A long thin machine would be much easier to engineer, say 200 x 1000. You could use linear rails for the long axis with open bearings. This way you could support the axis mid way.

Theres an interesting article on rapid prototyping model aircraft that might be of interest. I have already suggested to them on their forum that the reprap project might be of interest to keep the "Men in Sheds" approach that their first plane had (The PARIS paper plane video is on the right of the page).


They are using ABS powder to rapid prototype their aircraft, but there is a call for a more easily reproducable home method of production. This could be the reprap.

There are a few people here that reduce the temperature of the heated bed after a few layers, has anyone tried cooling the part to room temperature after a few layers, and using clamps to hold the partially finished part to the bed.

Would this reduce warping?

Edited 1 time(s). Last edit at 01/26/2012 06:43AM by martinprice2004.
Re: Scaling Mendel
January 26, 2012 06:53AM
That would increase warping. Warping happens as layers contract relative to each other after becoming solid, if you allow the part to cool the new layer is solidifying in contact with an already cooled and contracted layer, if you keep the part as hot as possible, the new layers are cooling onto expanded layers and relative contraction is much smaller. That was the whole reason that heated beds and heated chambers were developed in the first place.
Re: Scaling Mendel
January 26, 2012 08:19AM
Just a few more thoughts.

A wing section would probably mean that it would need a lot of support material if made horizontally as both sides are usually curved. Perhaps a wing would be better made vertically. Less warpage and perhaps it could be supported at intervals. A central carbon fibre tube could be glued into the finished part down through a vertical hole. The fuselage could be made in a similar vertical way, but in two large pieces joined at the centre.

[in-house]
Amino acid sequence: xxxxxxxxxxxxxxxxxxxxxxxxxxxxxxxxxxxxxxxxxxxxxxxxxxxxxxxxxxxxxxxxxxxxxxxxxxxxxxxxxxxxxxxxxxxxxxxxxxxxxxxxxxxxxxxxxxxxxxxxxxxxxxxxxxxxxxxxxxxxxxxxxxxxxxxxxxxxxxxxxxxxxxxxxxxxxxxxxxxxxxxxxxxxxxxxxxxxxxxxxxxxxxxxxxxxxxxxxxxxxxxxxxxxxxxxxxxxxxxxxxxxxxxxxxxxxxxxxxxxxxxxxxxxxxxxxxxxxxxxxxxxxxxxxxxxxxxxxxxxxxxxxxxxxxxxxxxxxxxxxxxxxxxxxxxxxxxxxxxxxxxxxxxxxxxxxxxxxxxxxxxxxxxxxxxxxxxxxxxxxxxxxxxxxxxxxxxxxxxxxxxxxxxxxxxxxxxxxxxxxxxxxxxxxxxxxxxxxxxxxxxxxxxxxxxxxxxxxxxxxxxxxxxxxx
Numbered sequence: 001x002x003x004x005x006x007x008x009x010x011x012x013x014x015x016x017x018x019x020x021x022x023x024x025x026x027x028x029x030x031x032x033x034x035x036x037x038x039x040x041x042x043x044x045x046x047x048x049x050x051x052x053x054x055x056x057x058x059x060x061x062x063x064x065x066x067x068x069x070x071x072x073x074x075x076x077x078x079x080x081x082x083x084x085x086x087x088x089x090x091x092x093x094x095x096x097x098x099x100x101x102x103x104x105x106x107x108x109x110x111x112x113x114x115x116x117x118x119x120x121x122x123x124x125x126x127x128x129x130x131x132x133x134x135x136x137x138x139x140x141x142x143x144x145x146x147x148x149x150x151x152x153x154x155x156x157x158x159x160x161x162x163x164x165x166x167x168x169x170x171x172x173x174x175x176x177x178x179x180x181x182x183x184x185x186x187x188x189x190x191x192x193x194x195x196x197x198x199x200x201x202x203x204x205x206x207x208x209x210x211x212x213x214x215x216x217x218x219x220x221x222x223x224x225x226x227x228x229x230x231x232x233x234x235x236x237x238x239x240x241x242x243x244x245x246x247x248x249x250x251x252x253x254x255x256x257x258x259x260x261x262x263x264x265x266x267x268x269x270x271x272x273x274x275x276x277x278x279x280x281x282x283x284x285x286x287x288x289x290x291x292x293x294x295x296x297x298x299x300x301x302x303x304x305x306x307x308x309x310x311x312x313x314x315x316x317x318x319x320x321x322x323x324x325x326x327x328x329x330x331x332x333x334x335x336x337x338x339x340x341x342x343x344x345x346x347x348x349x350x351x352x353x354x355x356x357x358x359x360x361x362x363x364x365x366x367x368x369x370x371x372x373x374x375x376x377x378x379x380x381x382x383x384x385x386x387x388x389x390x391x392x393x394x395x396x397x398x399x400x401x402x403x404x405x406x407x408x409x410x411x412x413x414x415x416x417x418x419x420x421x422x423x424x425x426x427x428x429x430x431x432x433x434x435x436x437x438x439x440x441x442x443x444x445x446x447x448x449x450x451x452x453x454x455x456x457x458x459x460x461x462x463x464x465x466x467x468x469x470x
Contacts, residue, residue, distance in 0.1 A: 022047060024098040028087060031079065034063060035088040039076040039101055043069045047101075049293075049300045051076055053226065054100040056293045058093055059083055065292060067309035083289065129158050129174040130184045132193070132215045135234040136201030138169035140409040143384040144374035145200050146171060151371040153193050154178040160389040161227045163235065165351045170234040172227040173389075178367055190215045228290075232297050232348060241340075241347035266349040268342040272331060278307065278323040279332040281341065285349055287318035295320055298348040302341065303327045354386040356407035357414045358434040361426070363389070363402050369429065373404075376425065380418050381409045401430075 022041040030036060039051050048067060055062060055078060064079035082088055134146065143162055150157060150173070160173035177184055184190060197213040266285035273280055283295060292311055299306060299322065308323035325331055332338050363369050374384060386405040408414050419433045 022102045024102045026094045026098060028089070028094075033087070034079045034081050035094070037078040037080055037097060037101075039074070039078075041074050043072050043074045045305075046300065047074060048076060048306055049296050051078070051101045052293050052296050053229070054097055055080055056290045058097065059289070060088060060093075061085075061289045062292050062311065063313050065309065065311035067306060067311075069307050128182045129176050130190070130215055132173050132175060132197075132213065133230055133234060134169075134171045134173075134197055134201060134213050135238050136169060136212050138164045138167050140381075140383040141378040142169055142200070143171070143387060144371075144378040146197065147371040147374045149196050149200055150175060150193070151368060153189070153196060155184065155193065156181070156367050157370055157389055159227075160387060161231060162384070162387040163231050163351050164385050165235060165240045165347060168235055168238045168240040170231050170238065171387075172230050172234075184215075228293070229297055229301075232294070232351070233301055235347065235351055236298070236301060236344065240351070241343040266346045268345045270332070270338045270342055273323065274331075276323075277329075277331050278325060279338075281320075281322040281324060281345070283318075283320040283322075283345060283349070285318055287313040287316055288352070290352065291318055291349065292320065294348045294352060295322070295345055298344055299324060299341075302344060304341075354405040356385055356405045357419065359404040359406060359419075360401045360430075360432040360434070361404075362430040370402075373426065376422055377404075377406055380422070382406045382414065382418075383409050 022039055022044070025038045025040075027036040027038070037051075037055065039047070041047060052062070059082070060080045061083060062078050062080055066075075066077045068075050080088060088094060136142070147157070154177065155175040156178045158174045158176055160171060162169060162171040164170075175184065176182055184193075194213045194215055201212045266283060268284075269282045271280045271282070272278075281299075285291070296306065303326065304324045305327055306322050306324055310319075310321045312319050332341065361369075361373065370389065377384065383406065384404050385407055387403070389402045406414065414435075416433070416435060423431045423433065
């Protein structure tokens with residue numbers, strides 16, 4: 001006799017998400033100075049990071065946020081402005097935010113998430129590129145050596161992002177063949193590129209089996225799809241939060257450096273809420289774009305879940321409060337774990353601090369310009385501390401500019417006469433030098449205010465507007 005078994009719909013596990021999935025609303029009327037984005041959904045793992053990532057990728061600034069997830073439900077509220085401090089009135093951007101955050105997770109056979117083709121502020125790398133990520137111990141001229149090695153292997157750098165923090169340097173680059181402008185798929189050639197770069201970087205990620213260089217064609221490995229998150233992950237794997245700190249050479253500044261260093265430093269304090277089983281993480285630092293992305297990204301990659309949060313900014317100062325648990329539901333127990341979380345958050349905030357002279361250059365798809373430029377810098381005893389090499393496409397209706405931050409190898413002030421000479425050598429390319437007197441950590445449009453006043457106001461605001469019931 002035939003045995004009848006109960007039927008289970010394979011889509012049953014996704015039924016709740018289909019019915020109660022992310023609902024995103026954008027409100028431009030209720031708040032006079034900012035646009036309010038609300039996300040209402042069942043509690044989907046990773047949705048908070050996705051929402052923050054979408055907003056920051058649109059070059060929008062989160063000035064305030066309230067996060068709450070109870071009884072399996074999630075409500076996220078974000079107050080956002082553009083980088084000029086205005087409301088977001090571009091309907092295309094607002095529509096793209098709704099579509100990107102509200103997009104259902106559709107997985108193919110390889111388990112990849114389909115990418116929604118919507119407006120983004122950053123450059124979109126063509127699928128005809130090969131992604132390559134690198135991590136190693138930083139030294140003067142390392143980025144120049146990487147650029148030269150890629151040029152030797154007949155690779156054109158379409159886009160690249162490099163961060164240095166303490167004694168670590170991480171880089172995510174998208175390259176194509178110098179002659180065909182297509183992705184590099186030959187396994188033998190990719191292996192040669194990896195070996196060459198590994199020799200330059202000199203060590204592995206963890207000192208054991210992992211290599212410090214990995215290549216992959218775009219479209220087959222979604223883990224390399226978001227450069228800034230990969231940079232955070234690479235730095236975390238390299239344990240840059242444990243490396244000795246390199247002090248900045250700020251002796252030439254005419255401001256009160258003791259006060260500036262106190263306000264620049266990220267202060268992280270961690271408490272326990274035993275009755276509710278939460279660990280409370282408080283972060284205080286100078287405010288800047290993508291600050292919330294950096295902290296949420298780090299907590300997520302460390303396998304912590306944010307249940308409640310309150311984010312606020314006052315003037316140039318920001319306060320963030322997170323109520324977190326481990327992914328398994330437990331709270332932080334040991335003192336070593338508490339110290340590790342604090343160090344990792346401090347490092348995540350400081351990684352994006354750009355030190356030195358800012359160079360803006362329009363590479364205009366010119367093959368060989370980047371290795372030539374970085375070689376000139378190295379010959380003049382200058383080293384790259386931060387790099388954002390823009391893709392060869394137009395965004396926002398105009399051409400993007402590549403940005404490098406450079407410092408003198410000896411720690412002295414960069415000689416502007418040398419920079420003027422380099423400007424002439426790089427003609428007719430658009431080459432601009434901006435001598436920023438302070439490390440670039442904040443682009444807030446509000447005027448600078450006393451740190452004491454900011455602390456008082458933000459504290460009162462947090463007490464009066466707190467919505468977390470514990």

Yes that is a sound theory, so the part contracts uniformly at the end of printing, but a cooled bottom layer resists warping better than a softer warmed base layer, so probably wouldn't lift as easily. Continuing your thought, you would probably get the part splitting half way up (I sometimes get this on taller thin walled parts in ABS). Has there been any actual trials to confirm that this would happen?

Perhaps a part could be produced on a hot bed in separate pyramidal sections, then filled in at the end of printing. It would require more complex g code to avoid clashing with the part, but it might be feasible.

I did a few trials in my early days designing parts with a cross cut base layer which is a similar sort of theory and it did seem to reduce warping.
Re: Scaling Mendel
January 26, 2012 09:51AM
larger bed sizes will need a chamber to prevent curling of plastic. heated beds can only do so much.
Re: Scaling Mendel
January 26, 2012 10:54AM
here's another thread with more answers: Large-scale 3d printer

It will take so much effort to build a larger FDM machine that you might as well spend the effort on a design that can potentially scale much better. I think a UV resin printer like lemon curry would scale very easily. Just make a longer z axis and a larger resin pool, and move your projector further back. you'd have a loss of resolution because the pixel size would be larger, but the print time would be the same no matter what x-ysize part you want to print. (print time would obviously increase with larger Z) the biggest problem would be the weight of plastic as you scale. at some point, the weight will be too great to keep it attached to the z platform.

Of course UV resin is very expensive, but you might save money going this route than trying to scale up FDM.

Edited 1 time(s). Last edit at 01/26/2012 11:01AM by Buback.